Roeg’s striking debut was made in close collaboration with writer and co-director Donald Cammell. Performance is a rare bird in British cinema: a major modernist movie. It anticipates Roeg’s future work in all kinds of ways: in its casting of a pop staroMick Jaggeroin a leading role; in the exploration of the theme of identity; in the gangster milieu; and, most significantly, in its style, which is dense and daring.
The plot is simple enough. Chas (James Fox), a flashy London gangster, has to go on the run when he antagonises his boss by murdering a rival in a grudge vendetta. He eventually hides out in a house run by a reclusive pop star in retirement (Jagger), who has two young ladies also in attendance. They begin to put pressure on Chas, feeding him drugs and breaking down his sense of identity.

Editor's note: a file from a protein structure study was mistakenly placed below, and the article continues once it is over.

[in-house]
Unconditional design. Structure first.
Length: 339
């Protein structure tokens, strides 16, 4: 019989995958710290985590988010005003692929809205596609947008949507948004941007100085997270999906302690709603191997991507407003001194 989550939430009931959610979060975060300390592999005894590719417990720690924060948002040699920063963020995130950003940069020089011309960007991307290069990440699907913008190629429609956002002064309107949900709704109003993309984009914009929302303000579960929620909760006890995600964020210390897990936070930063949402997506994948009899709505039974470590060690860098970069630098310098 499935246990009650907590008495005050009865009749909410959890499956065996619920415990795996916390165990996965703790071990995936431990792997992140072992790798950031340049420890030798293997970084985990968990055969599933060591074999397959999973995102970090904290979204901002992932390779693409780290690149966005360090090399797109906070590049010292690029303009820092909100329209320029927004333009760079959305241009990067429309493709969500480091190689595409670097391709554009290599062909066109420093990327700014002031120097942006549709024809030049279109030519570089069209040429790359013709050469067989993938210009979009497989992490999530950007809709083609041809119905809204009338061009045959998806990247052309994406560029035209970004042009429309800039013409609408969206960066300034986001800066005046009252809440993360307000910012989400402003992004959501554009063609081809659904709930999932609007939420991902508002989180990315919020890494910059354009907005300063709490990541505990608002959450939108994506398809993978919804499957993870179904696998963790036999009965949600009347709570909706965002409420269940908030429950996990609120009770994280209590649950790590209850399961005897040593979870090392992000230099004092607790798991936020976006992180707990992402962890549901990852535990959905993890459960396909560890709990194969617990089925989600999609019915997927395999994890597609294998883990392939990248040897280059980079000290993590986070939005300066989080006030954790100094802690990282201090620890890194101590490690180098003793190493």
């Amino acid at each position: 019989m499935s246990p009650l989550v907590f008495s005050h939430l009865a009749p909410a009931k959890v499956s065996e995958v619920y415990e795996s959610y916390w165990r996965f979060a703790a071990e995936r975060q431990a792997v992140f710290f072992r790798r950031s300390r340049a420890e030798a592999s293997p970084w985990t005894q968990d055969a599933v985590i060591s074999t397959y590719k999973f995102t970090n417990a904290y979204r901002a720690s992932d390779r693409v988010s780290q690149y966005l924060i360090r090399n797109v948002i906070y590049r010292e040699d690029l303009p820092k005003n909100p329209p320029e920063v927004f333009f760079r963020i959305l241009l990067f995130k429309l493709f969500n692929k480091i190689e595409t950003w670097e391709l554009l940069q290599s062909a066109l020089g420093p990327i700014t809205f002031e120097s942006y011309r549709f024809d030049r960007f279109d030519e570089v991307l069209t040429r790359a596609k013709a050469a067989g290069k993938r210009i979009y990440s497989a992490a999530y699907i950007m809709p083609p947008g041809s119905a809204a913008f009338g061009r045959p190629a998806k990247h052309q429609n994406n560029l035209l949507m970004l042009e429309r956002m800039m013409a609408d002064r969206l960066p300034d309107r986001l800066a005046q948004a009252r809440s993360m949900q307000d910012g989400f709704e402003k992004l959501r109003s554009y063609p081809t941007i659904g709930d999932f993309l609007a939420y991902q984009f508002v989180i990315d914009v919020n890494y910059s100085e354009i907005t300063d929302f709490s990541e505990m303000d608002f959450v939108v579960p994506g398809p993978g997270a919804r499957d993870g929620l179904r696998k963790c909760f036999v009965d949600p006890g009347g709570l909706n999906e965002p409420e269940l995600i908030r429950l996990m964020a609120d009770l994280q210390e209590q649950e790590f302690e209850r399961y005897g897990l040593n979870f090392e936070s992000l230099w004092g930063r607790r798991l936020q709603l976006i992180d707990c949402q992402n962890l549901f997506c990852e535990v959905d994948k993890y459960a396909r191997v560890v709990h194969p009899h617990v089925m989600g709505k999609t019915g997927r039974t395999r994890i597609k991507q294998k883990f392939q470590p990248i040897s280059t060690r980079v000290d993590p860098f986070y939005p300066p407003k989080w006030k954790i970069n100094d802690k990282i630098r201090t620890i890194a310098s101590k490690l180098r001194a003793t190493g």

Yet the film’s approach towards its narrative is oblique. It invites us to follow not so much a linear plot as a cluster of themes and structured juxtapositions: life/death; male/female; sanity/insanity; reality/performance. For some, at the time of its appearance, Performance seemed insufferably self-indulgent and pretentious. For others it was and remains a milestone of British movie-makingoexperimental, challenging and subversive.